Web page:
I'm trying to read (hopefully write as well) to the memory mapped hardware registers in a qemu virtual machine using gdb (remote connected). But it's just not working:

(gdb) p *0x2000000
Cannot access memory at address 0x20000000

But if I log in to the machine and do

# devmem 0x2000000

This works fine. Clearly gdb isn't getting its info from /dev/mem though. I've enabled all compile-time debug flags that I could think of, I can place breakpoints, step through code and dereference pointers associated with a symbol just fine. But most raw pointer dereferences fail.

For the record this is how I launched qemu:

qemu-system-arm -M versatilepb -kernel output/images/zImage     \
                -dtb output/images/versatile-pb.dtb             \
                -drive file=output/images/rootfs.ext2,if=scsi   \
                -append "root=/dev/sda console=ttyAMA0,115200 nokaslr norandmaps printk.devkmsg=on printk.time=y"  \
                -nographic -s

where I added nokaslr etc because I thought it would make a difference. It clearly did not. Anyone know what's going on here?


gdb and devmem are looking at two different things. gdb is looking at location 0x20000000 as mapped into your process address space, which is different from process to process (it has to be, or else swap files and page tables would essentially be useless.) devmem is looking at the file /dev/mem, which looks directly at physical memory.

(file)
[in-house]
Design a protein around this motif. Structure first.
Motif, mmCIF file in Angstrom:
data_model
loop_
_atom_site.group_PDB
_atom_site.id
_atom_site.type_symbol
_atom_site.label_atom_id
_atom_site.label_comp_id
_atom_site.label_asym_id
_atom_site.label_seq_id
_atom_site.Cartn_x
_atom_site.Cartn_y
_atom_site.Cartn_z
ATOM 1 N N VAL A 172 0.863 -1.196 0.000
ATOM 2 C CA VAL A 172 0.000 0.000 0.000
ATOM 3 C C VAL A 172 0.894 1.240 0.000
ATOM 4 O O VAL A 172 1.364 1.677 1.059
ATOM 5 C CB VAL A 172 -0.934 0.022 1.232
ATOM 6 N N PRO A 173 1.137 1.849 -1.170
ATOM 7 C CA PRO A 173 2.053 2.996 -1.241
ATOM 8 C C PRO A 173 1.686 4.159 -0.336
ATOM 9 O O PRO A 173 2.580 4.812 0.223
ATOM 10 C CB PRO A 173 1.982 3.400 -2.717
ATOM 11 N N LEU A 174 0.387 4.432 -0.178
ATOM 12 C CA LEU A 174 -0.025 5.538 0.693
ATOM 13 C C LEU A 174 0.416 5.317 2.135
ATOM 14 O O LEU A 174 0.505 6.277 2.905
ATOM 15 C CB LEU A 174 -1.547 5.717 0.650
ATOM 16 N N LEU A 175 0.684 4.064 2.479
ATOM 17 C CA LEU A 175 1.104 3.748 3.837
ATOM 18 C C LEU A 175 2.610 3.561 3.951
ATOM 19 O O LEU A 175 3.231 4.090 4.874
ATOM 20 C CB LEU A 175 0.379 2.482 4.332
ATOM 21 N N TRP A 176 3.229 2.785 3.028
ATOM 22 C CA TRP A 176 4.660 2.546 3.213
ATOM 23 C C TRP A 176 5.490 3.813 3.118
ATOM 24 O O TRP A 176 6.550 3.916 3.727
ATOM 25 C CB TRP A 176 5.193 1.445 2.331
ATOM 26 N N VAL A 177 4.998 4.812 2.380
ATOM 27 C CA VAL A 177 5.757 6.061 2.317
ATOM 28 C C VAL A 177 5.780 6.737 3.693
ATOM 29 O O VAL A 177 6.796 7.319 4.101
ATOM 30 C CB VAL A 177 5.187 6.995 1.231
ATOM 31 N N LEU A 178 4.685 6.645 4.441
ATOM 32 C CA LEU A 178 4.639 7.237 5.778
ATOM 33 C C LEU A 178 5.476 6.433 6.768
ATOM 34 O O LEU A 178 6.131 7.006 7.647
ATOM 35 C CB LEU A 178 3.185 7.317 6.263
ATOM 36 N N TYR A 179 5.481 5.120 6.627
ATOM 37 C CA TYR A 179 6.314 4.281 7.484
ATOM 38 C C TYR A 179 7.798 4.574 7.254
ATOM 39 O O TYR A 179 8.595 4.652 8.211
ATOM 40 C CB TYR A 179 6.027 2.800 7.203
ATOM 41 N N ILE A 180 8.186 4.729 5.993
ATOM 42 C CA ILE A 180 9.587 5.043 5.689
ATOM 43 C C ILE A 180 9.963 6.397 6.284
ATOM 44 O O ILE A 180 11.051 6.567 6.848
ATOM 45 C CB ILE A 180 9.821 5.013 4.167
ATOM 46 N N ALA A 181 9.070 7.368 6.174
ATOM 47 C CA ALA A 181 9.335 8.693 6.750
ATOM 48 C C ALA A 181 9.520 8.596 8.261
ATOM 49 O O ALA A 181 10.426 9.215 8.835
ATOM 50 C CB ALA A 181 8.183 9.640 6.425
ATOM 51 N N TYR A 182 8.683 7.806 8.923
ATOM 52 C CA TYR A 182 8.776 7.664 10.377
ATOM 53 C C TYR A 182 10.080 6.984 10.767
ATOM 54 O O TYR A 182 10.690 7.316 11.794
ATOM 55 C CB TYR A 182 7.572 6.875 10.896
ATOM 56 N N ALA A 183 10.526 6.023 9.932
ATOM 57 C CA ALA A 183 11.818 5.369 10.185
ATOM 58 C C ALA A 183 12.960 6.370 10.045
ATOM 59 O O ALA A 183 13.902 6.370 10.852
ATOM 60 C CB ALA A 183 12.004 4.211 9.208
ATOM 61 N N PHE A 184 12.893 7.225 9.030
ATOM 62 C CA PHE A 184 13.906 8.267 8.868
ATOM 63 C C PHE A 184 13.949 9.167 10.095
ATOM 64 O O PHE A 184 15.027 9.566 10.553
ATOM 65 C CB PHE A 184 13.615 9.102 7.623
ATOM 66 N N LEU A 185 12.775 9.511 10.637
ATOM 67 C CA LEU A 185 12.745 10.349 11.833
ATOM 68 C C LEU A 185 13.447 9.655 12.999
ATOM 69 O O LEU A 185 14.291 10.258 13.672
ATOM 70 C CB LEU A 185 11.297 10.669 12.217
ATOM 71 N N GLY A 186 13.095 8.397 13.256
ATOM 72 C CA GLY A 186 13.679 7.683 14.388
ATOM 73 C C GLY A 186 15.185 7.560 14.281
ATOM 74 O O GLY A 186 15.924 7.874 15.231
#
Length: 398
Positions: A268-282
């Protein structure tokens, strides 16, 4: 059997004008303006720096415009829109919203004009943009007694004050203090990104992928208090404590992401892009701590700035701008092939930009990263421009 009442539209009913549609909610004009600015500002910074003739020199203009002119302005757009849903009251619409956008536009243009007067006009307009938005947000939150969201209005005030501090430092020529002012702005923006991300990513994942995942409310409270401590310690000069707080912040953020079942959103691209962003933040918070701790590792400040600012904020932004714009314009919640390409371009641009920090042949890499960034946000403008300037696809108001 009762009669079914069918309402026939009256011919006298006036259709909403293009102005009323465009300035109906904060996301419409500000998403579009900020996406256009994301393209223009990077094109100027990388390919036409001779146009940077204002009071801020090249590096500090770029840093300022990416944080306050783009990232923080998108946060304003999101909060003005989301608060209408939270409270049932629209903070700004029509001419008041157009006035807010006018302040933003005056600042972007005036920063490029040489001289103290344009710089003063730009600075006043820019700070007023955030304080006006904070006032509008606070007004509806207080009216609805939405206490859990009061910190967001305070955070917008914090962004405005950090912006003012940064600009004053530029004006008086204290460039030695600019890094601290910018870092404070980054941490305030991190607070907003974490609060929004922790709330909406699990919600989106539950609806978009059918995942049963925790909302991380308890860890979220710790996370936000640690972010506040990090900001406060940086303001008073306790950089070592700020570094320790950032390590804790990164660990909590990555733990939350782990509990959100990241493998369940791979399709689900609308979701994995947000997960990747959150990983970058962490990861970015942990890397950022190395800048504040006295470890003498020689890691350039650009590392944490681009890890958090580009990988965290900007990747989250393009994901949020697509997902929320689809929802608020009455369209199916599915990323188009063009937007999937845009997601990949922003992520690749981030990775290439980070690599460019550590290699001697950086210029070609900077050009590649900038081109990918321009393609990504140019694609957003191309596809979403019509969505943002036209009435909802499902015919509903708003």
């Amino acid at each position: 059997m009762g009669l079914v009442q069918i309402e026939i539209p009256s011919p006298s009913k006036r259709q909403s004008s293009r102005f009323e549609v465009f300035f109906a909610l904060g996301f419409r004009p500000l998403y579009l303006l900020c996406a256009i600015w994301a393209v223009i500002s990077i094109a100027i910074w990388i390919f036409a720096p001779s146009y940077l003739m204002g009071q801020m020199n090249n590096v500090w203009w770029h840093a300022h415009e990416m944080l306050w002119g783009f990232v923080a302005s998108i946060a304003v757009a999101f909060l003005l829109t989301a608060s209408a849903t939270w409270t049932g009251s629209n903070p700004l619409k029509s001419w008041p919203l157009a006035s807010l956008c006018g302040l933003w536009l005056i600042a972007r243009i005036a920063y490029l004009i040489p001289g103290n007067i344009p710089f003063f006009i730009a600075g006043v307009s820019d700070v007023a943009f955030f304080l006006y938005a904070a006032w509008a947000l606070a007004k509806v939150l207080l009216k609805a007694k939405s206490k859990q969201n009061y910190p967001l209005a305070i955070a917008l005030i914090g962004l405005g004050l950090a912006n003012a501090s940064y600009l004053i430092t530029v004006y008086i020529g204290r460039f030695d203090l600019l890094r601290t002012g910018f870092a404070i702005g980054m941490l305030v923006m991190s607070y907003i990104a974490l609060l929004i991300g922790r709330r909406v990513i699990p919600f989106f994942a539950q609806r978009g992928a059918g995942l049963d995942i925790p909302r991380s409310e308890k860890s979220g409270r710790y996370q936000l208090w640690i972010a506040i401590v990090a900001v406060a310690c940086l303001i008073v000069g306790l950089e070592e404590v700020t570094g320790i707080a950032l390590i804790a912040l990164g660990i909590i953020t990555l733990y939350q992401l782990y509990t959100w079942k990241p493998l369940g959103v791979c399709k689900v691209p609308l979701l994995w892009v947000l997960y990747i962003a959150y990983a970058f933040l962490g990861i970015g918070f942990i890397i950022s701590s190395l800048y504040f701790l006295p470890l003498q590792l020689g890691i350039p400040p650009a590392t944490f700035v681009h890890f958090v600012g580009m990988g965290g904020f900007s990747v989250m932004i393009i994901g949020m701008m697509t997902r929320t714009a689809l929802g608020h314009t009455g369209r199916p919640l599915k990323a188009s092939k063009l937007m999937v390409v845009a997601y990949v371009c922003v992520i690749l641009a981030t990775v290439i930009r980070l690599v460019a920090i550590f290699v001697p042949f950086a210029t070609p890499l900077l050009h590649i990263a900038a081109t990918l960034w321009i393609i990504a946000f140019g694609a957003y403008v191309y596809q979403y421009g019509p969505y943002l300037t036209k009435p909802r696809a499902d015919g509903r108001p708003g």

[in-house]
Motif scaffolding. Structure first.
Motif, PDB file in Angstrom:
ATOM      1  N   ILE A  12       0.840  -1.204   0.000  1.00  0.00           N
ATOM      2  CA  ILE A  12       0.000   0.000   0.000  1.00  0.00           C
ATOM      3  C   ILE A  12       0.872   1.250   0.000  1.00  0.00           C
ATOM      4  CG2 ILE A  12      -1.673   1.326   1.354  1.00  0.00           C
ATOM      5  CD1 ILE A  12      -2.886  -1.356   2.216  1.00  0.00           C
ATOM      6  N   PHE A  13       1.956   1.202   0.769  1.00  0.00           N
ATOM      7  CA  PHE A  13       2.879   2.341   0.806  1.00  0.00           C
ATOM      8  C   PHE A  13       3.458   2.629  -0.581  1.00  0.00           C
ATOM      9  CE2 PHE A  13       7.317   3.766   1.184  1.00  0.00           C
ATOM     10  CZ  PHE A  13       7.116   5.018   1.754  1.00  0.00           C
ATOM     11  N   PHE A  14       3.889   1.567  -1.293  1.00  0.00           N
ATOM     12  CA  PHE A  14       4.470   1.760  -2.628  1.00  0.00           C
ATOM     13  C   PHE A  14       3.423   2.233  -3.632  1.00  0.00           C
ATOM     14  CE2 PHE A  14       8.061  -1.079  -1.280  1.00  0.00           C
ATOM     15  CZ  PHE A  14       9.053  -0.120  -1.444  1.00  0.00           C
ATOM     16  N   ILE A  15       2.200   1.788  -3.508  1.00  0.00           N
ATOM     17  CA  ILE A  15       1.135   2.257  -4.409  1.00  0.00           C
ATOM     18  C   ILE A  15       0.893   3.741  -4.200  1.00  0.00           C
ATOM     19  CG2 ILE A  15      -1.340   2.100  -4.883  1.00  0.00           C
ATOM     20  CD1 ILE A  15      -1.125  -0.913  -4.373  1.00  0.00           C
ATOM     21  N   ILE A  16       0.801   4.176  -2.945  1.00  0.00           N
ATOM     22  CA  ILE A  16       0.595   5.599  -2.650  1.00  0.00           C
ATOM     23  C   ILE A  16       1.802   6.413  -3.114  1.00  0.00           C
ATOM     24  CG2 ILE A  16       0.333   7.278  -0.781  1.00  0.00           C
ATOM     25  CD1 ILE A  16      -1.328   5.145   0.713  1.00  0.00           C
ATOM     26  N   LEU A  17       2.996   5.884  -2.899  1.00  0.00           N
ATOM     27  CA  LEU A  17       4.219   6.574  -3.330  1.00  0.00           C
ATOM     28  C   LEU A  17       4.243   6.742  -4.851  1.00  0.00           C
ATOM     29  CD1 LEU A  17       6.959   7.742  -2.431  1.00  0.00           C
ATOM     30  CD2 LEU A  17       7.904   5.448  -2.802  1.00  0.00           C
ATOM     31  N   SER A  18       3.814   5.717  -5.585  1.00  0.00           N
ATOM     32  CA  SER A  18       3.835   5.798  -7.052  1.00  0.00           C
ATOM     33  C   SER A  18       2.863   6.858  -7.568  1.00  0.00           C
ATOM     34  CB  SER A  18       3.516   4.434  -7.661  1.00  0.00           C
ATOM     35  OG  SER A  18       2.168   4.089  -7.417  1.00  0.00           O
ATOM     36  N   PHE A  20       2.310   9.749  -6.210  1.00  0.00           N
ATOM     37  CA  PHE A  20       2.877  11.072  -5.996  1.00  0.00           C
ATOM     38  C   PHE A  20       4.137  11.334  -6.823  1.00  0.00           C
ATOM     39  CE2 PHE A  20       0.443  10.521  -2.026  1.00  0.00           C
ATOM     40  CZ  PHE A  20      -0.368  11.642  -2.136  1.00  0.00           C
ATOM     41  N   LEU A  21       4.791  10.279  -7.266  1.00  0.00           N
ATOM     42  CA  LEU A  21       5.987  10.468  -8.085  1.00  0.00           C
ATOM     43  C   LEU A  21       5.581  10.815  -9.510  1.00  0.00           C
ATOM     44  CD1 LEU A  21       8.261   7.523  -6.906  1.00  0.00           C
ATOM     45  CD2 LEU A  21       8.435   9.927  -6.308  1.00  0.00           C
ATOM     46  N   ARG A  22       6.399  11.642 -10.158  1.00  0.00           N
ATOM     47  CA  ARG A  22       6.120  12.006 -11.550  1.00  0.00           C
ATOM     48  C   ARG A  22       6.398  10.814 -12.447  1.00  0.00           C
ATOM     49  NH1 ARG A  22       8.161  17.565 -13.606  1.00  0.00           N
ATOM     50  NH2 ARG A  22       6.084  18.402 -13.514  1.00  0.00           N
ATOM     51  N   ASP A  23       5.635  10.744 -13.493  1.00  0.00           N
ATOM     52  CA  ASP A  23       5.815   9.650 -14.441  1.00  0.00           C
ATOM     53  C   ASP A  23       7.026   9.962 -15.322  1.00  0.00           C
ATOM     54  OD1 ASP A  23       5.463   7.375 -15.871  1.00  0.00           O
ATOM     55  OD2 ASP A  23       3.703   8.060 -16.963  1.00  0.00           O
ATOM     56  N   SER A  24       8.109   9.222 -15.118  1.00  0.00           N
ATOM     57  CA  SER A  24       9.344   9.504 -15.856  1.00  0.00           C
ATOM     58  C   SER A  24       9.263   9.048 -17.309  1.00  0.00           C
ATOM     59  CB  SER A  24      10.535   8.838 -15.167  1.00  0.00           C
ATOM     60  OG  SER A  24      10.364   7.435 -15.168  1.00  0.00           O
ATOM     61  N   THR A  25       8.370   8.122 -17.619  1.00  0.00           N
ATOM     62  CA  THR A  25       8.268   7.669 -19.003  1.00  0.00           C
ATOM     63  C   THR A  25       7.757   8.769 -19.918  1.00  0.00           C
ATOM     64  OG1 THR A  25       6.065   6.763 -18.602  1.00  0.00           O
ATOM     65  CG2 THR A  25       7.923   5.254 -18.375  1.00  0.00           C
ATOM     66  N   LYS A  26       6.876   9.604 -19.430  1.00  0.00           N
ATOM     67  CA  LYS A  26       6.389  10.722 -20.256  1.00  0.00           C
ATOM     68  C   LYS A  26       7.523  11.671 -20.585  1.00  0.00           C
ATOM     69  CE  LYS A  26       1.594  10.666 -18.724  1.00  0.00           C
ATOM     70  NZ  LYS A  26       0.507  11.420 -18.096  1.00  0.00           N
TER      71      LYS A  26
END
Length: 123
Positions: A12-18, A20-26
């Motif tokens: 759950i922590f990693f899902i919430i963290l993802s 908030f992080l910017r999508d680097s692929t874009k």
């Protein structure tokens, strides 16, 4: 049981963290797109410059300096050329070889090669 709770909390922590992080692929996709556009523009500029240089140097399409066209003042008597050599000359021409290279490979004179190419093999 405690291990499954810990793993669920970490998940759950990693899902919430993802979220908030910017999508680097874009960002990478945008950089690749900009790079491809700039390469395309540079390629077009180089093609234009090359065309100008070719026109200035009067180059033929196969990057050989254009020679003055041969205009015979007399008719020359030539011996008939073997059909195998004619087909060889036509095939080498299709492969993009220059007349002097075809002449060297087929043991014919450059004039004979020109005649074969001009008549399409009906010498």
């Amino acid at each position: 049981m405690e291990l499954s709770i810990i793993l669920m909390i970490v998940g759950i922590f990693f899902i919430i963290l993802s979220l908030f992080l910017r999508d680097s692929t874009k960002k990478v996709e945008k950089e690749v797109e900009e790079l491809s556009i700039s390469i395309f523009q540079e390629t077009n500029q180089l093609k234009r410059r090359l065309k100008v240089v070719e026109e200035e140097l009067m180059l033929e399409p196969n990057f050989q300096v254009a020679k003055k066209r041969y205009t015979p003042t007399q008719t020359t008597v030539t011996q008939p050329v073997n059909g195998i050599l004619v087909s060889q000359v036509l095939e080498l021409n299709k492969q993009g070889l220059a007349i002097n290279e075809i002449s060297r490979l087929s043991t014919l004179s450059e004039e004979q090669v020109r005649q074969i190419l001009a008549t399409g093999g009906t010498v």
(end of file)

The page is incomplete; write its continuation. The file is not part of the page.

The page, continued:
Why does process address space not expose all physical address locations to a process? The main reason is that it would be an enormous security breach: you don't want a random process to be able to read and write data from memory that they don't own (otherwise they could trivially bypass security.) Additionally, as the devmem page puts it, "Some physical addresses are hardware registers; writing or even reading them can cause your computer/device [to] crash or melt down or explode. You've been warned!"

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